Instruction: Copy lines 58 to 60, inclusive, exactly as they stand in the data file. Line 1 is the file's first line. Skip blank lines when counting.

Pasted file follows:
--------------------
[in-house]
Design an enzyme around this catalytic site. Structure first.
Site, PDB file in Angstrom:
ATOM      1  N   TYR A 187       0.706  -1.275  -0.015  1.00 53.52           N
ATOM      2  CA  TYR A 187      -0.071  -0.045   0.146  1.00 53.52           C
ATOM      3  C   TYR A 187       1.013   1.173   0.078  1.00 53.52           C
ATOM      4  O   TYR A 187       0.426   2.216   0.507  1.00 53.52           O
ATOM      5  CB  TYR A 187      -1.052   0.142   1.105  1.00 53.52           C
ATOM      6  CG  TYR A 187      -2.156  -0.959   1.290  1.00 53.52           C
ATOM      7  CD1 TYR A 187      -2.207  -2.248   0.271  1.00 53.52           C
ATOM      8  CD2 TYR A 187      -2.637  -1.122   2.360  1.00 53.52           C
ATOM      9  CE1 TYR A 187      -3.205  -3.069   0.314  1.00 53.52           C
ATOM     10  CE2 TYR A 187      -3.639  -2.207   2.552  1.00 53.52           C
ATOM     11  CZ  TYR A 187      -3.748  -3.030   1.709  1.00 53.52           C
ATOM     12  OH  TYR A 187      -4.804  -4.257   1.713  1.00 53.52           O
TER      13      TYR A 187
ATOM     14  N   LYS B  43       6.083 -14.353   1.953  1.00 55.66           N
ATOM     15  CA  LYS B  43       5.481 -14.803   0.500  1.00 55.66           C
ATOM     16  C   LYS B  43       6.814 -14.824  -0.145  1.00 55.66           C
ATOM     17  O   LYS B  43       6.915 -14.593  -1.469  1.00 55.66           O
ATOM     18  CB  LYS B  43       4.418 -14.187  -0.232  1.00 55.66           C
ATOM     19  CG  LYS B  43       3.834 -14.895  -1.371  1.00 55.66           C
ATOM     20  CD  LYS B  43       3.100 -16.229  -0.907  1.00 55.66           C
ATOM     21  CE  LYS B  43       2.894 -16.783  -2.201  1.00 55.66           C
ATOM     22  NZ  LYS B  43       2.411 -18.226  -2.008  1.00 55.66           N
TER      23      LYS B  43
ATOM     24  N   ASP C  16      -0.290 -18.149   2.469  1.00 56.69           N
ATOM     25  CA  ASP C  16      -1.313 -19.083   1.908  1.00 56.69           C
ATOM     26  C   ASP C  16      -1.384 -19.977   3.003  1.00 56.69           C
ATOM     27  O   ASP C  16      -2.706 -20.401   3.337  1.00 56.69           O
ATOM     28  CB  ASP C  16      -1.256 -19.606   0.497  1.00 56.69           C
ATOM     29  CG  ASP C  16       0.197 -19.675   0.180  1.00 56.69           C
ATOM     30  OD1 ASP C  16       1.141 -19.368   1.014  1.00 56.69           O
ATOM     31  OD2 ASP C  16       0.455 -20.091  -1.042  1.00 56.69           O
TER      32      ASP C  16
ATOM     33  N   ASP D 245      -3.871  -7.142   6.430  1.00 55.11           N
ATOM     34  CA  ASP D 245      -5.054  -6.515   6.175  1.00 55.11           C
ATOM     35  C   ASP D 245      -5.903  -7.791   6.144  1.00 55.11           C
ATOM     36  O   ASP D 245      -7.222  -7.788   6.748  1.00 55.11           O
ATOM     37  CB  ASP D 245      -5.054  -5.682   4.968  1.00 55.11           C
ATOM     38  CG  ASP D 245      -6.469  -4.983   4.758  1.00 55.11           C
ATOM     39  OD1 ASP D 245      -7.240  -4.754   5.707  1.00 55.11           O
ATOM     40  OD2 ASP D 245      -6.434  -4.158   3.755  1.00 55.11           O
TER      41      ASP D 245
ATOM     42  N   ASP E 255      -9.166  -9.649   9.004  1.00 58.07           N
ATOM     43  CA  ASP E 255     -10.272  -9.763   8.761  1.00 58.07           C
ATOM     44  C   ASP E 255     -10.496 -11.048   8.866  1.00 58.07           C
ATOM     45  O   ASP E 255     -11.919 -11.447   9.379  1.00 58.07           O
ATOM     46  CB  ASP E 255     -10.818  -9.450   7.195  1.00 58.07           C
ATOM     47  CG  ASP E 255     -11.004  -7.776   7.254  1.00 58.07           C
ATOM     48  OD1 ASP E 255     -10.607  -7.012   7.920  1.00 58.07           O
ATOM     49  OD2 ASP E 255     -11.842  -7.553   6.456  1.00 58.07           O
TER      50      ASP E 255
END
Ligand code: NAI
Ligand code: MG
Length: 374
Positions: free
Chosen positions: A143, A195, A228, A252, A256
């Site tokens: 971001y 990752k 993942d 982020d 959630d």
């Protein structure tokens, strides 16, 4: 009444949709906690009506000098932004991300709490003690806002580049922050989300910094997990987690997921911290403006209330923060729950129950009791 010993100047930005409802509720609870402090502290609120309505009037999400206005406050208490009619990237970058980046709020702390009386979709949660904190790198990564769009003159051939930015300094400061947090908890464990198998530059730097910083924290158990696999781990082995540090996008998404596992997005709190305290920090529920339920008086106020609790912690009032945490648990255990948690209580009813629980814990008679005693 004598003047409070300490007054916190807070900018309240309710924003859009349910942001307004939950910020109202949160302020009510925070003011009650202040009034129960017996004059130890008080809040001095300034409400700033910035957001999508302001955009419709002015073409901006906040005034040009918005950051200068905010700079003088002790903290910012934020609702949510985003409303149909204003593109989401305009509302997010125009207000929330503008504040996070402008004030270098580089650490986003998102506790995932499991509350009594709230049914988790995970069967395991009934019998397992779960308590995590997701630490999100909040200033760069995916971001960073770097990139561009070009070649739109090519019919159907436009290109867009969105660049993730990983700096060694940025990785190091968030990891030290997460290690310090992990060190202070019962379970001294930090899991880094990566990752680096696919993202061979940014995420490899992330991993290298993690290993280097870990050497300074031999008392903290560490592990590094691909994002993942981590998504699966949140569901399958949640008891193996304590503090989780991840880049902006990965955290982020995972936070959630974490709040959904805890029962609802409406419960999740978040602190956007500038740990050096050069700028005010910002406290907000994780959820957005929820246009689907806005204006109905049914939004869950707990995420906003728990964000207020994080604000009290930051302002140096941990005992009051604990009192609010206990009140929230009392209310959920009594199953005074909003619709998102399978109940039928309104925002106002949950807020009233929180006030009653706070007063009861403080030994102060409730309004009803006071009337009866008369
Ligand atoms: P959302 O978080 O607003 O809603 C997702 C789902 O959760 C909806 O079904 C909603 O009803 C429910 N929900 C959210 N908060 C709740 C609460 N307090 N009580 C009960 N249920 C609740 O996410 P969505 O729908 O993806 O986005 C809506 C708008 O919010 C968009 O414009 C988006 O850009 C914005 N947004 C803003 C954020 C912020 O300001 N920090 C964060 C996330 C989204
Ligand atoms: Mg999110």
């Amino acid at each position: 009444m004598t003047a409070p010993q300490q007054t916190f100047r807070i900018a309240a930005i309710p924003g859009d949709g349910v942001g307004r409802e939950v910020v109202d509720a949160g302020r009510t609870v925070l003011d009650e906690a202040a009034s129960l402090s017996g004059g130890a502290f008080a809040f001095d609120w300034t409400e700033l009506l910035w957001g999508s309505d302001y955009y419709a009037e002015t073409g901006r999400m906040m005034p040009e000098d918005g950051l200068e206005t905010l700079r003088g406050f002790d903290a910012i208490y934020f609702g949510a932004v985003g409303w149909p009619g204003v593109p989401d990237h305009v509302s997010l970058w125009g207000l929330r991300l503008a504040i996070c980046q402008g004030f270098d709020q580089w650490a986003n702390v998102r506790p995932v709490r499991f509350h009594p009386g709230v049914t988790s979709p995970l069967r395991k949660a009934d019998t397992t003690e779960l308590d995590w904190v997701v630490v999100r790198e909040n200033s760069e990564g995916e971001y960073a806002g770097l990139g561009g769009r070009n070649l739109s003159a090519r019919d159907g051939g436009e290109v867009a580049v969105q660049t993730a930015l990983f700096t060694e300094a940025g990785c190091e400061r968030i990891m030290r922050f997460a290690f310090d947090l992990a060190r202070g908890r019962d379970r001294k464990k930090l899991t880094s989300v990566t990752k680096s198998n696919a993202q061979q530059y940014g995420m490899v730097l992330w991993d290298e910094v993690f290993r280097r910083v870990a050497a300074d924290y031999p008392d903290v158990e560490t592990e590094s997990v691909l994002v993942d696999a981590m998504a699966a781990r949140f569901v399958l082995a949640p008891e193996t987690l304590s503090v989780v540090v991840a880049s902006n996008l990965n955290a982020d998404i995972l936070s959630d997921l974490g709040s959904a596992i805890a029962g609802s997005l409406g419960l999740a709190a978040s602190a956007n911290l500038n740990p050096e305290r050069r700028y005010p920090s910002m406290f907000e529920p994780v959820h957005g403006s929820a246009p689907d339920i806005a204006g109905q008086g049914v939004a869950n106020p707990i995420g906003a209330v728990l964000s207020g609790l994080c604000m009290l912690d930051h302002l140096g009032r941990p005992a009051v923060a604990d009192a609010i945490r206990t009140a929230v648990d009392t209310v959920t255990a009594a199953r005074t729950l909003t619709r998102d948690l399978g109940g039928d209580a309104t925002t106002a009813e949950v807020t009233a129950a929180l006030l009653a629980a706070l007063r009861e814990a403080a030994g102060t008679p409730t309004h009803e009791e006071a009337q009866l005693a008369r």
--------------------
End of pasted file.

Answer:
Positions: free
Chosen positions: A143, A195, A228, A252, A256
């Site tokens: 971001y 990752k 993942d 982020d 959630d």